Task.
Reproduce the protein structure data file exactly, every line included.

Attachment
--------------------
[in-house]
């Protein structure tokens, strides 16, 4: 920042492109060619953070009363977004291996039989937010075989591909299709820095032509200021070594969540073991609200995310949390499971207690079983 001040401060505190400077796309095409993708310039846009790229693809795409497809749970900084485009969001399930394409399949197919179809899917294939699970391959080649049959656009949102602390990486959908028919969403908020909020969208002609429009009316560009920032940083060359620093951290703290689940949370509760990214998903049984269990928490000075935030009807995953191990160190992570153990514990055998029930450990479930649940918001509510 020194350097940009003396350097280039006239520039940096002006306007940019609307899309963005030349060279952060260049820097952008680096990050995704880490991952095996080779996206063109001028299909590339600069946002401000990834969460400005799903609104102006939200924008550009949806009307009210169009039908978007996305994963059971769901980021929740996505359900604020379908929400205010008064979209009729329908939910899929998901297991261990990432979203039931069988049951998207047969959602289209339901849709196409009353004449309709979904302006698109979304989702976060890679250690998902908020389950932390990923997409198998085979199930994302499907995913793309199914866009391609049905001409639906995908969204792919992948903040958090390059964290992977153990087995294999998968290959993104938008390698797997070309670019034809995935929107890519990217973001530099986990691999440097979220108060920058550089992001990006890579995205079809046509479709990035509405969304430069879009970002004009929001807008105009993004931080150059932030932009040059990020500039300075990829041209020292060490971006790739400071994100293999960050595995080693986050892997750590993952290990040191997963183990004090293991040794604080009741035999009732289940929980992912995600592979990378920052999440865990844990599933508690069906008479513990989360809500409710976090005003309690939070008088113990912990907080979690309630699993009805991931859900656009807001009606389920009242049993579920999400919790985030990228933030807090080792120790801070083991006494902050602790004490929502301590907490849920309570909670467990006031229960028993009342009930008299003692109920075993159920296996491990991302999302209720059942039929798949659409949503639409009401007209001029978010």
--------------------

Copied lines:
[in-house]
């Protein structure tokens, strides 16, 4: 920042492109060619953070009363977004291996039989937010075989591909299709820095032509200021070594969540073991609200995310949390499971207690079983 001040401060505190400077796309095409993708310039846009790229693809795409497809749970900084485009969001399930394409399949197919179809899917294939699970391959080649049959656009949102602390990486959908028919969403908020909020969208002609429009009316560009920032940083060359620093951290703290689940949370509760990214998903049984269990928490000075935030009807995953191990160190992570153990514990055998029930450990479930649940918001509510 020194350097940009003396350097280039006239520039940096002006306007940019609307899309963005030349060279952060260049820097952008680096990050995704880490991952095996080779996206063109001028299909590339600069946002401000990834969460400005799903609104102006939200924008550009949806009307009210169009039908978007996305994963059971769901980021929740996505359900604020379908929400205010008064979209009729329908939910899929998901297991261990990432979203039931069988049951998207047969959602289209339901849709196409009353004449309709979904302006698109979304989702976060890679250690998902908020389950932390990923997409198998085979199930994302499907995913793309199914866009391609049905001409639906995908969204792919992948903040958090390059964290992977153990087995294999998968290959993104938008390698797997070309670019034809995935929107890519990217973001530099986990691999440097979220108060920058550089992001990006890579995205079809046509479709990035509405969304430069879009970002004009929001807008105009993004931080150059932030932009040059990020500039300075990829041209020292060490971006790739400071994100293999960050595995080693986050892997750590993952290990040191997963183990004090293991040794604080009741035999009732289940929980992912995600592979990378920052999440865990844990599933508690069906008479513990989360809500409710976090005003309690939070008088113990912990907080979690309630699993009805991931859900656009807001009606389920009242049993579920999400919790985030990228933030807090080792120790801070083991006494902050602790004490929502301590907490849920309570909670467990006031229960028993009342009930008299003692109920075993159920296996491990991302999302209720059942039929798949659409949503639409009401007209001029978010």